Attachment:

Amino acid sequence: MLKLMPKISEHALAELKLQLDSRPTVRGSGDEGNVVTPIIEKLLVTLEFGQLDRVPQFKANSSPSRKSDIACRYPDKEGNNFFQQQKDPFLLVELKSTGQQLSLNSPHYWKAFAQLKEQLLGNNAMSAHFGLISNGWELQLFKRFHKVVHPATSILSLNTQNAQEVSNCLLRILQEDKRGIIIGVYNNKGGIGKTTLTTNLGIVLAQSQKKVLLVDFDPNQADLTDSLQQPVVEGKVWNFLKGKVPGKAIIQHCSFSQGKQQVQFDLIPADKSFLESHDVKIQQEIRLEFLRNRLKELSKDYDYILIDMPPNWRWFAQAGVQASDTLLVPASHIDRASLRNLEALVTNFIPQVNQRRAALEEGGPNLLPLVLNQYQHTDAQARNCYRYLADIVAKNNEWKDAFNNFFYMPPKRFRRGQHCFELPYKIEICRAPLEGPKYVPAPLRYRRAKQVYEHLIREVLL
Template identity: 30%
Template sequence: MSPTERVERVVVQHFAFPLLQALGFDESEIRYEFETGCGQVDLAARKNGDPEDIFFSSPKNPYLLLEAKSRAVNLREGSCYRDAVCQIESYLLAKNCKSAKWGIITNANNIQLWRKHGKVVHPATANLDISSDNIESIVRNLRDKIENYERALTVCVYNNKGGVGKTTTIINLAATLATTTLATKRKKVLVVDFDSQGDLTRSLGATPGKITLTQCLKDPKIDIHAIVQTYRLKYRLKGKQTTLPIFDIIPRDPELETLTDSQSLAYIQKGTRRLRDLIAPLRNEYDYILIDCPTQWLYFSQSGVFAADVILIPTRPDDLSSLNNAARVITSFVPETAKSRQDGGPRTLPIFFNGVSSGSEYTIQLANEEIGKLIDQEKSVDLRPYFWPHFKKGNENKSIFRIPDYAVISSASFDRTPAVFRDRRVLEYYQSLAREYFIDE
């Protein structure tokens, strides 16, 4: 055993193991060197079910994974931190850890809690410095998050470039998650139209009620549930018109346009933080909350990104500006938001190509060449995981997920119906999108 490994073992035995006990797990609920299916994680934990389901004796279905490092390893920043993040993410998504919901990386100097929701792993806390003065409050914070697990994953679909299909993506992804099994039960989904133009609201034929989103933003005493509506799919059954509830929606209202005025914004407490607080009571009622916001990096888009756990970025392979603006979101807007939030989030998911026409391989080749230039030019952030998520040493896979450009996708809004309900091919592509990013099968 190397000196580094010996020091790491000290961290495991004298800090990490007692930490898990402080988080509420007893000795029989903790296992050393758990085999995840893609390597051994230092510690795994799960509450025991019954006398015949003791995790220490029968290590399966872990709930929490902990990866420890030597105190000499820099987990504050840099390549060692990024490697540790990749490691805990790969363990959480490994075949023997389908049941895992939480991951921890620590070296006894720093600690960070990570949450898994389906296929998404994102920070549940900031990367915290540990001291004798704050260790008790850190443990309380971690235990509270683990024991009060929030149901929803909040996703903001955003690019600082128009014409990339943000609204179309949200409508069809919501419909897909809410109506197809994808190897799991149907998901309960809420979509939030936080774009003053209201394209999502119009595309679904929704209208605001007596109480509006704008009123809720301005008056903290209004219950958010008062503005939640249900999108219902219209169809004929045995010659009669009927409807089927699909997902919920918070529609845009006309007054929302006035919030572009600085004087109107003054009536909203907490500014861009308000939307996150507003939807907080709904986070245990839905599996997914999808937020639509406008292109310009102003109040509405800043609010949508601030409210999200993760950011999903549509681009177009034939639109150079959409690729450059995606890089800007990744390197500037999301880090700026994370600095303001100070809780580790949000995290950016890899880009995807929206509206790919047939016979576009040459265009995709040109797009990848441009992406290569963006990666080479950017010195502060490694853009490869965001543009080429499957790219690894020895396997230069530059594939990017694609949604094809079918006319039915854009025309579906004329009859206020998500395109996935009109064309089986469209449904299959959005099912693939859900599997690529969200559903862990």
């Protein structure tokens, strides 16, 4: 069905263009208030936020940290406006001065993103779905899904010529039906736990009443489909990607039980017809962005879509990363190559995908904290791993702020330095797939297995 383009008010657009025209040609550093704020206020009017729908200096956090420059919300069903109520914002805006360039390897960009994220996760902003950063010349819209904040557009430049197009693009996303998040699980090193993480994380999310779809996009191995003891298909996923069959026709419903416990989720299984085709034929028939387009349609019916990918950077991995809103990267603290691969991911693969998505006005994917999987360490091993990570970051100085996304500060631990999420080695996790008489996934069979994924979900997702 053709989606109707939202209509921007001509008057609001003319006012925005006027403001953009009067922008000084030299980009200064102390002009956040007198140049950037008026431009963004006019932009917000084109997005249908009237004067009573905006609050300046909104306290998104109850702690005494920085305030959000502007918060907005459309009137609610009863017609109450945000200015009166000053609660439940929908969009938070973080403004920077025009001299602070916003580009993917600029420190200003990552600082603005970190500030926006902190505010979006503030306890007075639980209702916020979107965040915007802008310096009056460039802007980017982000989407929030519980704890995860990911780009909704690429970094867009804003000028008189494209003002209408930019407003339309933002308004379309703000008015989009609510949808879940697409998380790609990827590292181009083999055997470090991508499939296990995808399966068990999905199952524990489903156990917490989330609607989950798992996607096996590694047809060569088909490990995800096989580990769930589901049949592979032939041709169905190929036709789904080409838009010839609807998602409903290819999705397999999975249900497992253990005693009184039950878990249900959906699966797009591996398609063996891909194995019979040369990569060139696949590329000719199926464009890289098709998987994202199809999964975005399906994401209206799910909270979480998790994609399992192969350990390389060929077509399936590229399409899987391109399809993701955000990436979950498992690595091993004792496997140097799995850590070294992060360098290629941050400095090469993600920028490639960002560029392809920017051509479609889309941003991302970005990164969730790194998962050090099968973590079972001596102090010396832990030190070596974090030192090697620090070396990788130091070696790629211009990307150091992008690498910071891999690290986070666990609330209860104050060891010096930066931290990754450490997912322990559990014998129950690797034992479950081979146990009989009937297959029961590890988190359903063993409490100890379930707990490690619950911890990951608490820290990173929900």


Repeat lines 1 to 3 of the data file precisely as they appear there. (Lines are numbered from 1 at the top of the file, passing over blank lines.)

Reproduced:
Amino acid sequence: MLKLMPKISEHALAELKLQLDSRPTVRGSGDEGNVVTPIIEKLLVTLEFGQLDRVPQFKANSSPSRKSDIACRYPDKEGNNFFQQQKDPFLLVELKSTGQQLSLNSPHYWKAFAQLKEQLLGNNAMSAHFGLISNGWELQLFKRFHKVVHPATSILSLNTQNAQEVSNCLLRILQEDKRGIIIGVYNNKGGIGKTTLTTNLGIVLAQSQKKVLLVDFDPNQADLTDSLQQPVVEGKVWNFLKGKVPGKAIIQHCSFSQGKQQVQFDLIPADKSFLESHDVKIQQEIRLEFLRNRLKELSKDYDYILIDMPPNWRWFAQAGVQASDTLLVPASHIDRASLRNLEALVTNFIPQVNQRRAALEEGGPNLLPLVLNQYQHTDAQARNCYRYLADIVAKNNEWKDAFNNFFYMPPKRFRRGQHCFELPYKIEICRAPLEGPKYVPAPLRYRRAKQVYEHLIREVLL
Template identity: 30%
Template sequence: MSPTERVERVVVQHFAFPLLQALGFDESEIRYEFETGCGQVDLAARKNGDPEDIFFSSPKNPYLLLEAKSRAVNLREGSCYRDAVCQIESYLLAKNCKSAKWGIITNANNIQLWRKHGKVVHPATANLDISSDNIESIVRNLRDKIENYERALTVCVYNNKGGVGKTTTIINLAATLATTTLATKRKKVLVVDFDSQGDLTRSLGATPGKITLTQCLKDPKIDIHAIVQTYRLKYRLKGKQTTLPIFDIIPRDPELETLTDSQSLAYIQKGTRRLRDLIAPLRNEYDYILIDCPTQWLYFSQSGVFAADVILIPTRPDDLSSLNNAARVITSFVPETAKSRQDGGPRTLPIFFNGVSSGSEYTIQLANEEIGKLIDQEKSVDLRPYFWPHFKKGNENKSIFRIPDYAVISSASFDRTPAVFRDRRVLEYYQSLAREYFIDE